Decorative Textiles from Arab and Islamic Cultures

Selected Works from the Al Lulwa Collection

Jennifer Scarce, Jennifer Wearden

Decorative Textiles from Arab and Islamic Cultures

Jennifer Scarce, Jennifer Wearden

Distributed for Paul Holberton Publishing

200 pages | 9 3/4 x 11 3/4
Paper $60.00 ISBN: 9781907372872 Published March 2020 For sale in North America only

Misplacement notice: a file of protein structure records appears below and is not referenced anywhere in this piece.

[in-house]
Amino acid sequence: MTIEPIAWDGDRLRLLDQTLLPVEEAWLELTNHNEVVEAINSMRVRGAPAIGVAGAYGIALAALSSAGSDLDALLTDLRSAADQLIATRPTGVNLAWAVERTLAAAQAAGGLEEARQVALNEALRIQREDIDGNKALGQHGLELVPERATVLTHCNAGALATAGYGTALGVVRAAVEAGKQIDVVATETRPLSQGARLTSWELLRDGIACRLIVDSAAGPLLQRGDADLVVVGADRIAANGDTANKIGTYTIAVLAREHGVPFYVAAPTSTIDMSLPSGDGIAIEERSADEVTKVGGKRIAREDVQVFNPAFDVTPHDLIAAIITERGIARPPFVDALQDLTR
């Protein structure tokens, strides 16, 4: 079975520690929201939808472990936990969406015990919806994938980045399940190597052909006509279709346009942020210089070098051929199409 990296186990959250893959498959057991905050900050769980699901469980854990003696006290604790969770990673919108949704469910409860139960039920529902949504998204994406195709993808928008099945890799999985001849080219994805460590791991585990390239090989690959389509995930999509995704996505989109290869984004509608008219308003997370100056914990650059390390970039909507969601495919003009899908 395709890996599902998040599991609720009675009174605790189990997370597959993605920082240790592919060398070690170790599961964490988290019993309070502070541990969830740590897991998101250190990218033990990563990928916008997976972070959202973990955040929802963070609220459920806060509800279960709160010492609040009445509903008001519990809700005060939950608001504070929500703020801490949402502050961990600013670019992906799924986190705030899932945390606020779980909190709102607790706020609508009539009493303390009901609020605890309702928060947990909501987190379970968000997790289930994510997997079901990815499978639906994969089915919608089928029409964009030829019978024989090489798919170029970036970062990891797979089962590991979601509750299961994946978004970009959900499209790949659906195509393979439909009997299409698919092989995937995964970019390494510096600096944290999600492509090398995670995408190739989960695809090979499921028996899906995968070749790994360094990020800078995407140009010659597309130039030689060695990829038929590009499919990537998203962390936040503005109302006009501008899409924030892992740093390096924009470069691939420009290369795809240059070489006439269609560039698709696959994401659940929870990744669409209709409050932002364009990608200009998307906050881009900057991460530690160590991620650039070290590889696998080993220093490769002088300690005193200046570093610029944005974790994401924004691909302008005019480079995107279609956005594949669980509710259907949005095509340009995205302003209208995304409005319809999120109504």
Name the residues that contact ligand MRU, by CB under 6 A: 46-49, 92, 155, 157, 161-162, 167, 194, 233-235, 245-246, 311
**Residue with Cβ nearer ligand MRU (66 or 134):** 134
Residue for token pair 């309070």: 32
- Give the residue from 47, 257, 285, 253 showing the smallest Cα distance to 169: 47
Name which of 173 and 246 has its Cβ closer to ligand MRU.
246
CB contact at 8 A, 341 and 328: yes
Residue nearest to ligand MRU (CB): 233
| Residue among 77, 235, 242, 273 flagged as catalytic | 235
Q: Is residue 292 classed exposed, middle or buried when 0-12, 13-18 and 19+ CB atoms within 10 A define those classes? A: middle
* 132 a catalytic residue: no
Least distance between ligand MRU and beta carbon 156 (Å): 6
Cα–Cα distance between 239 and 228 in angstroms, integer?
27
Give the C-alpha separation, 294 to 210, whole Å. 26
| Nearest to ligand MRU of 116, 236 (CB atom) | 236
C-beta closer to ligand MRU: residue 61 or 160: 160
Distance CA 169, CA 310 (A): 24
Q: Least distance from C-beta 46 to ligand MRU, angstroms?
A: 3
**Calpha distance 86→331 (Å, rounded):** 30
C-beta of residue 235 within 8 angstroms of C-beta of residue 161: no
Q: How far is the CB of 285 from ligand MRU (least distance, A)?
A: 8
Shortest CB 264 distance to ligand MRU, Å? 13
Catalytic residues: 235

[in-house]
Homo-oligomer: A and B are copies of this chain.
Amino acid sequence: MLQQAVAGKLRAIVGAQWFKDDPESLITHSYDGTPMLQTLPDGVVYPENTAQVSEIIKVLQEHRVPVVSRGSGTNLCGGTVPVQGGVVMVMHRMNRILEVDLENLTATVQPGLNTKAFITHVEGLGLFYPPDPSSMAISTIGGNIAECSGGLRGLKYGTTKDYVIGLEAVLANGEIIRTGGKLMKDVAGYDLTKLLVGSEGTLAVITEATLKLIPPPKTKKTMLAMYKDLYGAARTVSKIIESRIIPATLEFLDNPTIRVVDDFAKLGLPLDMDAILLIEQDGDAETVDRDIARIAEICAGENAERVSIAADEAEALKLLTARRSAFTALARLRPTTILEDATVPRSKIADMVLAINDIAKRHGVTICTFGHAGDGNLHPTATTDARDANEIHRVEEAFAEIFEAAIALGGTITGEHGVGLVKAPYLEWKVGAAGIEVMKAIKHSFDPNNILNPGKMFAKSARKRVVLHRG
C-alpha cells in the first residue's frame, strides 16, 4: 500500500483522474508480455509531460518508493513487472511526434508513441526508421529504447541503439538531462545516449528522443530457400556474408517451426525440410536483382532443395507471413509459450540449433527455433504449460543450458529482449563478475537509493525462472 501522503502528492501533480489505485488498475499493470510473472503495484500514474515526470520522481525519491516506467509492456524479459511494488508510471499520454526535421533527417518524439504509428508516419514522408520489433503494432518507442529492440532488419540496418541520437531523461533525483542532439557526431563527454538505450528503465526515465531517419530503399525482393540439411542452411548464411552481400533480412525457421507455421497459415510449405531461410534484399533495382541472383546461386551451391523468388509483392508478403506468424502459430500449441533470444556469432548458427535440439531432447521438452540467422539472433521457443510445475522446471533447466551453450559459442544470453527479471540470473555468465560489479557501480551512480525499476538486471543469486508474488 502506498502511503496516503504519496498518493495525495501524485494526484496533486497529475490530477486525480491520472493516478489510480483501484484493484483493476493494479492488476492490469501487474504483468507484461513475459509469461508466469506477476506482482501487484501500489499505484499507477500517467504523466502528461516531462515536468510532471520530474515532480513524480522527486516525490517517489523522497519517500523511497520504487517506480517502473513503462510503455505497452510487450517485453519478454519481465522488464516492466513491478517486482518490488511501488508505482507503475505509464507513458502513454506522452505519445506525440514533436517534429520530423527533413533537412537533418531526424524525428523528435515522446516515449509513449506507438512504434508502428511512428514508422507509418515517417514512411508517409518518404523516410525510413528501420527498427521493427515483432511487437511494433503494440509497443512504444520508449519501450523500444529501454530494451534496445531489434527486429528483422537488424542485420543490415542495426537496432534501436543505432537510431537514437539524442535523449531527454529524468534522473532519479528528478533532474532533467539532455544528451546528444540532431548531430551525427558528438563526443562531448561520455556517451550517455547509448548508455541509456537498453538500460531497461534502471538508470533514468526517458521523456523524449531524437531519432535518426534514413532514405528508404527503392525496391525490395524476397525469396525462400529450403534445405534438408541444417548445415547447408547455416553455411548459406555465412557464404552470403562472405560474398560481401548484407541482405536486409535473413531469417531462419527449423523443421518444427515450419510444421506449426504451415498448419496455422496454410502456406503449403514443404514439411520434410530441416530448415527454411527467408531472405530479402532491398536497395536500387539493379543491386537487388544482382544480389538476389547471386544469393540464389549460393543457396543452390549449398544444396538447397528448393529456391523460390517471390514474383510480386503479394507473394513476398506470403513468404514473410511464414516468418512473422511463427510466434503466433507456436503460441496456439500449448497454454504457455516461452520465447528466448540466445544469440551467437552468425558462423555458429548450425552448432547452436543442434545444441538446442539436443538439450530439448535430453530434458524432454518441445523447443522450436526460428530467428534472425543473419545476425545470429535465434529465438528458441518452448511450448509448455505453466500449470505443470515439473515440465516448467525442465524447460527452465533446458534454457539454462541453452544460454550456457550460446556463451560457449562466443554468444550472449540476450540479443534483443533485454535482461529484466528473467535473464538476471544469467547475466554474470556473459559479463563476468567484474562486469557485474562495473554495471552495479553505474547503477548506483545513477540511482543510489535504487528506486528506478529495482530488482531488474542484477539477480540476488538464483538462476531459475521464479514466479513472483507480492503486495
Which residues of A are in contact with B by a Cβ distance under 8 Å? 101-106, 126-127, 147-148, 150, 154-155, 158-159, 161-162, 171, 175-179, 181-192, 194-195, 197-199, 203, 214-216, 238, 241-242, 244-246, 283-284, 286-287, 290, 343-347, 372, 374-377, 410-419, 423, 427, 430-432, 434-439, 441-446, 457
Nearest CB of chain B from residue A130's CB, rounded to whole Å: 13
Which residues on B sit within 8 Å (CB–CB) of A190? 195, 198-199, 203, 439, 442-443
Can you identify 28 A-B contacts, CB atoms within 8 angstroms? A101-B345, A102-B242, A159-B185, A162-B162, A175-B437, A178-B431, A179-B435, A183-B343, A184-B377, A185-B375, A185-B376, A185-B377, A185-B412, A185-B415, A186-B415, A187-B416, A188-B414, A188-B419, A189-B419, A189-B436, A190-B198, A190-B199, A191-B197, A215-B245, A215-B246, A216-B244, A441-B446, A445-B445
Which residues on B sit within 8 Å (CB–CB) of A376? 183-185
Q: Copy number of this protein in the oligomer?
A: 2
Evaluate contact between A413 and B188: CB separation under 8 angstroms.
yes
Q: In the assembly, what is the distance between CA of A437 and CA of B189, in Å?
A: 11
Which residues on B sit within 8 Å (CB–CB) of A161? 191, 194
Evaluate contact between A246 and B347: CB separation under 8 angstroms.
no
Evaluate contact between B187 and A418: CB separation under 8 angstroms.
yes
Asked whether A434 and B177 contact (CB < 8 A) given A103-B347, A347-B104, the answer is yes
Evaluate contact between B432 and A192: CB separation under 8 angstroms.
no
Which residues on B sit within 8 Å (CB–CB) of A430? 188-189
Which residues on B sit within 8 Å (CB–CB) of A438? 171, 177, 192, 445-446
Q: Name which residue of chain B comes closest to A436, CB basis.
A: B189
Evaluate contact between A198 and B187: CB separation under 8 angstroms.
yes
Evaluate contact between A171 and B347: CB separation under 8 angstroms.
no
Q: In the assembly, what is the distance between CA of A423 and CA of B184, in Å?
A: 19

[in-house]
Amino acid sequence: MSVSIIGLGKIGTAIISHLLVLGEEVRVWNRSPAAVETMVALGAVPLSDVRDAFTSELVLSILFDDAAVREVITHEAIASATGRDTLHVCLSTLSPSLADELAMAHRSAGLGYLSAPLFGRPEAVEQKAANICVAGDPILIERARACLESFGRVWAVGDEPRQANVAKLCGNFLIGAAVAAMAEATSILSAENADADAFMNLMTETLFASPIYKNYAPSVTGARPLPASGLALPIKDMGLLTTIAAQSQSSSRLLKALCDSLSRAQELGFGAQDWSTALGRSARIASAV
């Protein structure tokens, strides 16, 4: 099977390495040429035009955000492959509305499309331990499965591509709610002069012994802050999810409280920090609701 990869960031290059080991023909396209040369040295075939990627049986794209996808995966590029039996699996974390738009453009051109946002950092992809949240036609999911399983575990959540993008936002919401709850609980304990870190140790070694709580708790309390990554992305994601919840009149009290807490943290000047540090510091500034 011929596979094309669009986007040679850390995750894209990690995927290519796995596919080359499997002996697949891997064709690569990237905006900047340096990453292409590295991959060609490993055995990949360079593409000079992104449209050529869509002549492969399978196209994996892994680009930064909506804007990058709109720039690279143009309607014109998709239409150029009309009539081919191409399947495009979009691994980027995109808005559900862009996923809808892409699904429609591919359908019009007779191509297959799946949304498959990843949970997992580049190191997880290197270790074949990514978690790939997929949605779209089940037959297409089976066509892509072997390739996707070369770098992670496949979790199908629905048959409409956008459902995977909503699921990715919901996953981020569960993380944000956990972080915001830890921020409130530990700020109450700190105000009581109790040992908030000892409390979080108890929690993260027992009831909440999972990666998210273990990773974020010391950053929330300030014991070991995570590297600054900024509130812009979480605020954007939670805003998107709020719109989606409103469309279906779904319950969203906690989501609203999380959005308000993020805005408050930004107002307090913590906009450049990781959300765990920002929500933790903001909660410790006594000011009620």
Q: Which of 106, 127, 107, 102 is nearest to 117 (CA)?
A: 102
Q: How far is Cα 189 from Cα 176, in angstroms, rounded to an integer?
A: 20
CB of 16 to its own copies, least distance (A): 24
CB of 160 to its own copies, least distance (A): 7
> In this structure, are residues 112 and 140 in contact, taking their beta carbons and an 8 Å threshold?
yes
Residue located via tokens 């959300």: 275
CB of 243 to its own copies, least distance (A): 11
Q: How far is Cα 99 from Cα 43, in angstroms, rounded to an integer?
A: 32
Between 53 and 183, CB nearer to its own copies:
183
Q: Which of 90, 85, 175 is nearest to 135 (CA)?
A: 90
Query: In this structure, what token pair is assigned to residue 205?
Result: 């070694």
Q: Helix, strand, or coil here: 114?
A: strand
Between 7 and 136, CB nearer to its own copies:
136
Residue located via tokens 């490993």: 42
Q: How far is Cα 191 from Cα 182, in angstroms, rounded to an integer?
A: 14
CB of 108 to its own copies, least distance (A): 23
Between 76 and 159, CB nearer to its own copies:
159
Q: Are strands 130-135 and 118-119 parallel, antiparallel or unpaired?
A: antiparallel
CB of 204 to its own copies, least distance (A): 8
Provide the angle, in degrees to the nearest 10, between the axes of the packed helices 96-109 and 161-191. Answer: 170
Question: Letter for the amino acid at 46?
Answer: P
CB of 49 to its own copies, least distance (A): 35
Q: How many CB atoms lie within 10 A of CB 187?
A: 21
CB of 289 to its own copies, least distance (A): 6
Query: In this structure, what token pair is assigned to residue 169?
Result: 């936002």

One of the most distinctive features of Islamic design is the evolution of an increasingly abstract and repetitive repertoire of motifs, which are shared among all media – metalwork, woodwork, ceramics, tilework and textiles. In textiles the main themes are based on angular and geometric shapes – vertical and horizontal striped bands; hexagons and octagons, which can be linked and infinitely extended; stylized and rhythmic scrolls of foliage and flowers; and Arabic calligraphy, of which the letters can be formed into continuous borders, panels and medallions. These motifs can be used separately or combined into complex patterns, of which the repetitive and two-dimensional features are ideal for textile production, especially where varying lengths are required – for hangings, curtains, robes and shawls. Valued for their role in the subtleties of court ceremonial and fashion, these textiles were also much admired beyond the Islamic lands. The exceptional collection published here ranges widely in region, material and technique. There are textiles and garments from North Africa, Syria, Arabia, Iran, Turkey and the Indian subcontinent linked by a shared vocabulary of ornament – evidence of the international nature of Islamic design. Materials represented are silk – the most prestigious of fibers, requiring highly respected weavers – wool, cotton and linen. Decoration is based on variations of weave and color and embellishment through embroidery, printing and appliqué and illustrates the work of both professional and domestic workers. The strengths of the collection are concentrated in the textile production of the nineteenth and early twentieth centuries, which, thanks to the basically conservative nature of textile technique and design, preserve and continue the traditions established in the medieval Islamic world. They are important in an assessment of Islamic textiles both for their quality and as illustrations of survival and adaptation in a major industry. Their heritage reaches back well over a thousand years, even though their very high perishability means that for the earlier part of the tradition our knowledge is reliant very largely on written sources. These, however, attest to the superb quality and quantity of textiles at the courts of the period.

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